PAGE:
A subset of the dyspraxias, presenting as a specific difficulty in initiating vocalisation, accompanied by effortful production and defective prosodic quality. A disorder of `brain circuits devoted specifically to the programming of articulatory movements` (Darley, Aronson, and Brown, 1975, pp1-2). General intellectual level is not necessarily impaired. In children, often known as developmental verbal dyspraxia. [There is a longer discussion of dyspraxia of speech in Section 6.7 of our e-paper on `Speech Errors, Speech Production Models, and Speech Pathology`.]

A clinical sign. The automatic repetition of all that the patient hears. Frequently found in transcortical motor aphasia and Tourette's Syndrome.

A clinical sign. The automatic mimicking of the physical movements of others. Frequently found in Tourette's Syndrome.

A clot or other floating obstruction in a blood vessel. Can cause a thrombotic CVA.

A viral or bacterial infection of the brain or brainstem, resulting in inflammation and cell death.

Cell death degeneration of the brain or brainstem.

The doctrine that psychological consciousness is an incidental by-product (i.e. epi-phenomenon) of neural activity, but has no causal influence upon it.

False Recollection
A false memory. An act of apparent recall; one which is perceived as genuinely having happened, but which does not, in fact, reference a real occurrence. [Compare confabulation.]

Finger Agnosia
[See firstly agnosia.] Finger agnosia is a mental confusion over the location of your fingers in space, by sight, and/or across the left-right divide. For its role in Gerstmann's Syndrome, see the companion resource `The Psychology of Numeracy`, and for how it can be detected, see `A Gentle Introduction to Finger Agnosia`.

First Letter Cueing
A type of cueing. Involves giving the initial letter of the target word in the hope that this will help the patient access the lost speech output patterns (e.g. `It begins with a K [pronounced `kay`] .....`). Make sure you say the letter name, and not the phonetic sound of the letter. [Compare phonemic cueing, semantic cueing and silent articulatory cueing.]

First Order Representation
See representation, first order.

Flaccid Dysarthria
One of the six clinically distinct subtypes of dysarthria recognised by Darley, Aronson, and Brown (1975). [There is a longer discussion of the subtypes of dysarthria in Section 6.8 of our e-paper on `Speech Errors, Speech Production Models, and Speech Pathology`.]

Fluent Aphasia
An aphasia with generally retained word production ability (although nonetheless frequently paraphasic or jargonaphasic). Three types of aphasia are usually classed as fluent, namely Wernicke's aphasia, conduction aphasia, and transcortical sensory aphasia. [Compare non-fluent aphasia.]

Frontal Amnesia
An amnesic state associated with damage to the frontal lobes, and characterised by confabulations and difficulties with problem solving tasks requiring forward planning. [There is a longer discussion of the memory correlates of frontal lobe injury in our e-paper on `From Frontal Lobe Syndrome to Dysexecutive Syndrome`.]

The term `fugue` has long been applied to transient amnesic states in which there is loss of access to either the semantic or episodic aspects of the self, and which commonly results in the sufferer wandering aimlessly away from their normal workplace or home. This clinical pattern of signs was elevated by the DSM-IV into `dissociative fugue`, one of the four specific dissociative disorders, describing it as follows .....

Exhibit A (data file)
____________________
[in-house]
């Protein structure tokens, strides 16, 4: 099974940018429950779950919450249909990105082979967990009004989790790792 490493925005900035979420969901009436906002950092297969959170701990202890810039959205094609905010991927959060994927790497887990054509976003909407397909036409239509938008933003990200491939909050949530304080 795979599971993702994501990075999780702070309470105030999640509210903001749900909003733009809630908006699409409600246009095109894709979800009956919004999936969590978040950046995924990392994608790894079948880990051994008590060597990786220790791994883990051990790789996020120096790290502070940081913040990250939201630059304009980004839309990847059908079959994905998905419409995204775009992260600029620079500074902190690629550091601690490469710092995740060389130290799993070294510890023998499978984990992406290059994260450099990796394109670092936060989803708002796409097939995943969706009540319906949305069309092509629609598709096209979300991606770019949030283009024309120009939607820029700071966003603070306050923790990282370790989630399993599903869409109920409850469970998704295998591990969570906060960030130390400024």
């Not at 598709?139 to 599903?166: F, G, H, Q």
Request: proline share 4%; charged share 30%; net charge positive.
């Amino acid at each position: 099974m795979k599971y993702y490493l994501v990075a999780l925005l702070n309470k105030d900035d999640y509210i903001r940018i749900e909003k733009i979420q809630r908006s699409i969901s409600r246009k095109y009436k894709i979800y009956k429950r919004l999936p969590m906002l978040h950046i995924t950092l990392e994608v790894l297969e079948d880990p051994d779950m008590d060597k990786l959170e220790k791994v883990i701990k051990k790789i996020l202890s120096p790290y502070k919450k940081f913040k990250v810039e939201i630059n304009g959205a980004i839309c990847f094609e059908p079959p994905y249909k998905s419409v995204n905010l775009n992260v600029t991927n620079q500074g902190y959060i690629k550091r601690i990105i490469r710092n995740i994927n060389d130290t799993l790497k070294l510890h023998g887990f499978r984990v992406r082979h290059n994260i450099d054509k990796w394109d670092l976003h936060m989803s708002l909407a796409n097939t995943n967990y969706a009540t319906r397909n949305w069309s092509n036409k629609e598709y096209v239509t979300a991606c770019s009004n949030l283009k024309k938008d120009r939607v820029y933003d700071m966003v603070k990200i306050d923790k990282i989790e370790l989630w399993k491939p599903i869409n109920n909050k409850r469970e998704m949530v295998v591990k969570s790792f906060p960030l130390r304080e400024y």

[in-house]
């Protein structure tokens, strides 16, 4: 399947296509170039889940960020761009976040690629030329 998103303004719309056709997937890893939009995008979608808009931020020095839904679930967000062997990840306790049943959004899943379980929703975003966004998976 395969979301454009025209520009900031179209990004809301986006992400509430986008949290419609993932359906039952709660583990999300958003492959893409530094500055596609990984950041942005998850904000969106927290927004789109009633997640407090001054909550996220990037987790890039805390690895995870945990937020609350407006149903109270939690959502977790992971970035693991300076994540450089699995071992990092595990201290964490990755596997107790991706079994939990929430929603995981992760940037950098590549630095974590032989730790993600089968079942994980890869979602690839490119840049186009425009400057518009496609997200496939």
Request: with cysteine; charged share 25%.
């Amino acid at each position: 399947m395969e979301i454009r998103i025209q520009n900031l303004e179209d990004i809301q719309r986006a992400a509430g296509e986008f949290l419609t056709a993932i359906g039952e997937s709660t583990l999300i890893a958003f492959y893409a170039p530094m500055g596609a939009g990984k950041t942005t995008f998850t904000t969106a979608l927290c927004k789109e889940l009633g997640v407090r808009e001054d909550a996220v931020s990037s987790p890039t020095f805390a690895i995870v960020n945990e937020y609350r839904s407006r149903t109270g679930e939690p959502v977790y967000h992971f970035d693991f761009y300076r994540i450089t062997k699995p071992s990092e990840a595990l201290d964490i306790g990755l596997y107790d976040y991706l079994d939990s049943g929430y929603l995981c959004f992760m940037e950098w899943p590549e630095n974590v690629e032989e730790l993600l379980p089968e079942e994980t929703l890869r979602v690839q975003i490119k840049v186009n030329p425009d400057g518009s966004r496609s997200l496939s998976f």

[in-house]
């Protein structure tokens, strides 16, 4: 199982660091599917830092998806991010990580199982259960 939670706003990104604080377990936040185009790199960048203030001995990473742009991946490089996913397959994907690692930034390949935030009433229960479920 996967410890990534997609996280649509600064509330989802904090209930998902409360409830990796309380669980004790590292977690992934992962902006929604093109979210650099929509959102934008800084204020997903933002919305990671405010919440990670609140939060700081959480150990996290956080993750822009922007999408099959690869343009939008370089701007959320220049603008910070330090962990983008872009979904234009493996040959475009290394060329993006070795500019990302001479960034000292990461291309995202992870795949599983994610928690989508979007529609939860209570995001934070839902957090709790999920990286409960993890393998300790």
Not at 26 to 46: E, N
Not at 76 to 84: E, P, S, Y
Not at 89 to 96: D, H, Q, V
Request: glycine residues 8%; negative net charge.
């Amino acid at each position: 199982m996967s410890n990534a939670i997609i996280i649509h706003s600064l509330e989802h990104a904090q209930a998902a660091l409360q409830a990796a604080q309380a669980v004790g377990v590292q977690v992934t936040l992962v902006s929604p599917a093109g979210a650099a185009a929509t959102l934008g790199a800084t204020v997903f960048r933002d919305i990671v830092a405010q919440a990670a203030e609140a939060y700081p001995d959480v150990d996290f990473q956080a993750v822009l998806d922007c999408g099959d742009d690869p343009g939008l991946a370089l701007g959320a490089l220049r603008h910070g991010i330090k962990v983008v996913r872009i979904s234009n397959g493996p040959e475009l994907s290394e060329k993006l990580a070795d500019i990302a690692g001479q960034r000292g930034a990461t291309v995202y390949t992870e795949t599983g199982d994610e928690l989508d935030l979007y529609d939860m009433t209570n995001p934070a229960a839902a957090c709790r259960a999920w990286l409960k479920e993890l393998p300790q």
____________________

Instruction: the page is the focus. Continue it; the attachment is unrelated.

Functionalism (1)
The classical philosophical doctrine that the mind's mental operations exist (and implicitly do not come cheaply in the first place) for their practical value in satisfying the needs of a vulnerable organism in an hostile environment. Arose around the turn of the 19th/20th centuries from the writings of John Dewey and James Angell at the University of Chicago. [Full history]

Functionalism (2)
Modern form of functionalism (1). The philosophical doctrine that there is value to be had from analysing cognitive processes in isolation, i.e. separated from considerations of brain anatomy. Borrows heavily from computer science (hence cannot predate the computer era). Arose during the 1950s from early theories of attention and memory, and now typified by the various competing logogen theories. Clearly seen in the writings of David Marr, and especially in his notion of the computational level of cognition (Marr, 1982). [Full discussion. For a nice introduction to Marr's work, see McClamrock (1991/2004 online).]

Gerstmann's Syndrome
Gerstmann (1930) described an acquired neurogenic syndrome in which four distinct signs tended to co-occur. These were (a) `finger agnosia`, an inability to tell one finger from another, (b) right-left disorientation, (c) writing difficulties, and (d) dyscalculia. This syndrome seemed to follow damage centred on the angular gyrus of the dominant hemisphere.

Global Aphasia
A severe-to-total impairment of all communicative (if not all cognitive) ability. Common just after a CVA or THI, but frequently relieved by spontaneous recovery. Best described by the everyday phrase `the lights are on but there's nobody in`!

Globalist School
Those aphasiologists - including Jackson, Freud, and many others - who believe(d) that the brain works as a holistic system, and who therefore caution(ed) against trying to attribute specific functions to specific areas. [Compare diagram makers and Boston school.]

The word `gnosis` means knowing something for what it is, recognising it, evaluating its significance, knowing what it does and - perhaps more importantly - what you should do about it. States of gnosis are the logical end-result of the broader process of perception, and are by that token quite vulnerable to brain damage. If impaired, the resulting condition is known as an agnosia.

Herpes Simplex Encephalitis (HSE)
An infection of the brain by the herpes simplex virus.

See herpes simplex encephalitis.